The technology to harvest water vapor from the atmosphere has been in use commercially for decades now. Today, over 70 companies sell devices that harvest atmospheric water to drink, according to Chemistry World.

These devices are commonly deployed in drought-stricken areas, or in regions where fresh drinking water is either contaminated or limited. Most of them mimic the process of how dew from on vegetation in the early mornings and how air condenses on cool objects when pulled out from the fridge.

However, these dew-collecting foils require high energy input and only extract water at night because the sun heats the foil during the day, which prevents condensation to happen.

 New Atmospheric Water Harvester Extracts Water Around the Clock, With No Energy Needed Even Under the Sun
(Photo : Wikimedia Commons)
Dew drops on grass

Self-Cooling Atmospheric Water Harvester

ETH Zurich researchers developed a new technology that harvests water 24 hours around the clock without using energy and even under the blazing sun.

SciTech Daily reported that the new atmospheric water harvester consists of a specially coated glass pane with polymer and silver layers that could reflect solar radiation and radiates away its heat through the atmosphere to outer space. Thus, cooling itself as much as 59 degrees Fahrenheit (15 degrees Celsius).

Meanwhile, the underside of the device turns water vapor into fresh drinking water that condenses from the air. This process can also be observed on poorly insulated windows during winter.

The special coating of the glass causes it to emit infrared radiation at a specific wavelength without absorbing nor reflecting it onto the pane. Also, its cone-shaped design serves as a shield to deflect heat radiation from the atmosphere and shields the pane from solar radiation but also allows radiate outward heat to passively self-cool.

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New Atmospheric Water Harvester Produces Twice as Much Water than Others

Researchers tested their new device by putting it on the roof of one of ETH Zurich's buildings. Their findings suggest that it can produce twice the amount of water that other passive technologies can produce.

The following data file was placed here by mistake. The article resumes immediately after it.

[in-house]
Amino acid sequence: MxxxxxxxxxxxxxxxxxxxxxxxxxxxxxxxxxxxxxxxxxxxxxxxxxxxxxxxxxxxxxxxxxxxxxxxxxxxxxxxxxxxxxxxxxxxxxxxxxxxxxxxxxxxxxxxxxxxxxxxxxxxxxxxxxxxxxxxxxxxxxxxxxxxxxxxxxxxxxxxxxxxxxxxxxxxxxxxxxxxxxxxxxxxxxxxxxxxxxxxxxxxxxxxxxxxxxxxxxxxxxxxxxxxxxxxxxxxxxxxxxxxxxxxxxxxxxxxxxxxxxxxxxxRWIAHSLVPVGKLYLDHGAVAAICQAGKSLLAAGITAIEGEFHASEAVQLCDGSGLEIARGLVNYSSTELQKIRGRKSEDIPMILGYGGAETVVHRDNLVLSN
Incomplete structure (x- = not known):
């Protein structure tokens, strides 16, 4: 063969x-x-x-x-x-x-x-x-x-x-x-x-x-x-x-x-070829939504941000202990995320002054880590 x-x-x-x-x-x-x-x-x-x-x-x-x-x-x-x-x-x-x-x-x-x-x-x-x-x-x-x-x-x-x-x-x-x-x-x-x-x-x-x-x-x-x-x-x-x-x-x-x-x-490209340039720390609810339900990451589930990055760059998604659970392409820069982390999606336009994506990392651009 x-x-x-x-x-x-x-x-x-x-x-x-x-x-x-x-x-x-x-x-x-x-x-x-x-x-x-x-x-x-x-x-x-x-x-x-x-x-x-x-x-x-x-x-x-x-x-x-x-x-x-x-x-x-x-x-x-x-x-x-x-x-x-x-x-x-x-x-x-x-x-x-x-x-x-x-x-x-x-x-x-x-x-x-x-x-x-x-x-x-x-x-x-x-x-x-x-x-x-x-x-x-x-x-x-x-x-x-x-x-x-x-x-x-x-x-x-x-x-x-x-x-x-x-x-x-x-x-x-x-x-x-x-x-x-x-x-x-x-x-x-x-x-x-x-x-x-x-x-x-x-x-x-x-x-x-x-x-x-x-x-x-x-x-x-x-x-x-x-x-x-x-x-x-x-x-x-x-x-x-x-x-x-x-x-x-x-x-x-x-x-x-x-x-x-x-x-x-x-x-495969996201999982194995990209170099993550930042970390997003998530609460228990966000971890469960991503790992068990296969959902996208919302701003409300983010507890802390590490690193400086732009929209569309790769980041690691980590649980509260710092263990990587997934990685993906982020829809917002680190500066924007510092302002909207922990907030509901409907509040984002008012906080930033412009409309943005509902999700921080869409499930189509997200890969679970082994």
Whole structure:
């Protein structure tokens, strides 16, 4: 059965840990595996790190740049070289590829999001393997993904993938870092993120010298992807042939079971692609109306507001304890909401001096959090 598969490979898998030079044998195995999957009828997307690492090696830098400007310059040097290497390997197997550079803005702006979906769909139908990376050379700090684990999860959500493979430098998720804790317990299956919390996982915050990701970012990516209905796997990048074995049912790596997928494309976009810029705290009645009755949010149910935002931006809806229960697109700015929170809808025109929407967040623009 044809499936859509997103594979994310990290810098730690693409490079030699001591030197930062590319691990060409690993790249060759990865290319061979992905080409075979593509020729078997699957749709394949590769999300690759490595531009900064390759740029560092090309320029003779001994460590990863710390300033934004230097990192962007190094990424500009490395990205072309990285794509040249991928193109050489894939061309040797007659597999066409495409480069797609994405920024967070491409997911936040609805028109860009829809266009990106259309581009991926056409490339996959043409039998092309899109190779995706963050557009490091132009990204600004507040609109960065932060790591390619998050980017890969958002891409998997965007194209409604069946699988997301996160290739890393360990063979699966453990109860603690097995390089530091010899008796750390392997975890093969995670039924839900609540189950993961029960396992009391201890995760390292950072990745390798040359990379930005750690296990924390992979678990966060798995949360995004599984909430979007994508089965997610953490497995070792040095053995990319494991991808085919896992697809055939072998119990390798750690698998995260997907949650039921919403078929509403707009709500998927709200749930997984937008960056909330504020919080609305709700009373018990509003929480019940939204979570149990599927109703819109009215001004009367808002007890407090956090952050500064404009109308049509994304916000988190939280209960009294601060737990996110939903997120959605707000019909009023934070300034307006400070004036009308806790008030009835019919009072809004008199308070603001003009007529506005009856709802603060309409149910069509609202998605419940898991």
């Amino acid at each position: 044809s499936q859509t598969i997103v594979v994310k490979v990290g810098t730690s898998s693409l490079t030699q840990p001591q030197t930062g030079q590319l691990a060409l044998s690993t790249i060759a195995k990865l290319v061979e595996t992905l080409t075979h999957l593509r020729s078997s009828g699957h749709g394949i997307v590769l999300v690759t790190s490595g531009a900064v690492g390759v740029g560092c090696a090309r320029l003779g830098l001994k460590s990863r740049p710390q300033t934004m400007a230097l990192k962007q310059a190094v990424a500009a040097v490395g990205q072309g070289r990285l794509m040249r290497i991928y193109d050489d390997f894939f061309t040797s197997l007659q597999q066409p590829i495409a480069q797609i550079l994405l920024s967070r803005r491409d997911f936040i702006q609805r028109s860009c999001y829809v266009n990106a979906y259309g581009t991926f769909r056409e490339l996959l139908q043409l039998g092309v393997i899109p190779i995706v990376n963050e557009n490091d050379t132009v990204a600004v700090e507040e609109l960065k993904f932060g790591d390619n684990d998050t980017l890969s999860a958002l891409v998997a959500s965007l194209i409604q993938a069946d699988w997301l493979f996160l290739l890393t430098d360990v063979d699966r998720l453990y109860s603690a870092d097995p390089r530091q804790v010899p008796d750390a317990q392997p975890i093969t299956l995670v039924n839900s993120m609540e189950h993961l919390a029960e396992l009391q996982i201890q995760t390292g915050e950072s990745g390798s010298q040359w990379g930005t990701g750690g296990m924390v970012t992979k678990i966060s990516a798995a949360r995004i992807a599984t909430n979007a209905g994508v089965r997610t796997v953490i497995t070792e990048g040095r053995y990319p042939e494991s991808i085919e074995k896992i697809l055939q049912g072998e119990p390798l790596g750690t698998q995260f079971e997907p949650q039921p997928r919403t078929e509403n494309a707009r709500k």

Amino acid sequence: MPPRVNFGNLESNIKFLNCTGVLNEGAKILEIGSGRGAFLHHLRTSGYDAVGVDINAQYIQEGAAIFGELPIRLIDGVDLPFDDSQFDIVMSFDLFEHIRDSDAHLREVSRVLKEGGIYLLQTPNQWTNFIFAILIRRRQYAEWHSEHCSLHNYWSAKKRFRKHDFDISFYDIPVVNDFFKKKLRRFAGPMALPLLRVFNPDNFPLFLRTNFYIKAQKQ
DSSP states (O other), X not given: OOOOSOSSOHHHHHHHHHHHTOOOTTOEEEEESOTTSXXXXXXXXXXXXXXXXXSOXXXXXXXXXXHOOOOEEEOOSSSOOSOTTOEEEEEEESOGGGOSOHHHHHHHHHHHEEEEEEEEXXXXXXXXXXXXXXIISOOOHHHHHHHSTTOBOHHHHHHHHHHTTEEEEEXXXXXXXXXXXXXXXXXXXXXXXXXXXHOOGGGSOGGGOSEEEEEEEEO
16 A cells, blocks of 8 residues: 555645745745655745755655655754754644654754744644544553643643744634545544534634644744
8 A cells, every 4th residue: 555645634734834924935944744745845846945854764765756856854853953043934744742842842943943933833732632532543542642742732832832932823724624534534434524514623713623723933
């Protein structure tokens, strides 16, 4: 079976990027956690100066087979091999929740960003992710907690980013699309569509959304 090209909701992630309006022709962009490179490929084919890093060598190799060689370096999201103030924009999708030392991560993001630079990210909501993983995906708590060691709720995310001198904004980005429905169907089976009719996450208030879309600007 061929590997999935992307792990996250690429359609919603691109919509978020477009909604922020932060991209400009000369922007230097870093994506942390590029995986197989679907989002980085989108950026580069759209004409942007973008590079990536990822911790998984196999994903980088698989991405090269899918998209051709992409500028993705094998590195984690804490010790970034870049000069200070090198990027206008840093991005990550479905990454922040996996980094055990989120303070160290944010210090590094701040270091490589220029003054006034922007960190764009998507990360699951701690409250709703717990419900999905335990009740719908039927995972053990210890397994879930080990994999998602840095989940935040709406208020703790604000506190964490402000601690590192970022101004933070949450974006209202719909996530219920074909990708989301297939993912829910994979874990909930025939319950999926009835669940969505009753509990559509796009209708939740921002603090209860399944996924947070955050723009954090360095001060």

The small pilot atmospheric water harvester, with a pane diameter of 10 centimeters, produced 4.6 milliliters of water per day under real-world conditions, according to EurekAlert!

Under ideal conditions, the device was able to harvest 1.8 fluid ounces (0.53 deciliters) of water from the atmosphere per square meter of pane surface per hour. They said that this is close to the theoretical maximum amount that could be harvested which is 2.03 ounces (0.6 deciliters).

Ending Water Scarcity in Emerging Countries

The goal of the researchers of this project is to develop a technology for countries that are facing water scarcity problems, particularly for those emerging countries.

The team believes that other scientists could further develop their technology or combine other existing methods, like water desalination, to increase positive outcomes.

They said that coating the pane is relatively easy and possible, as well as building after condensers. Like solar cells that are used in many regions, atmospheric water harvesters could also be set next to each other and several water condensers could also be placed side by side to create a large-scale system.

Researchers published the full findings of their study, entitled "Exploiting radiative cooling for uninterrupted 24-hour water harvesting from the atmosphere," in the journal Science Advances.

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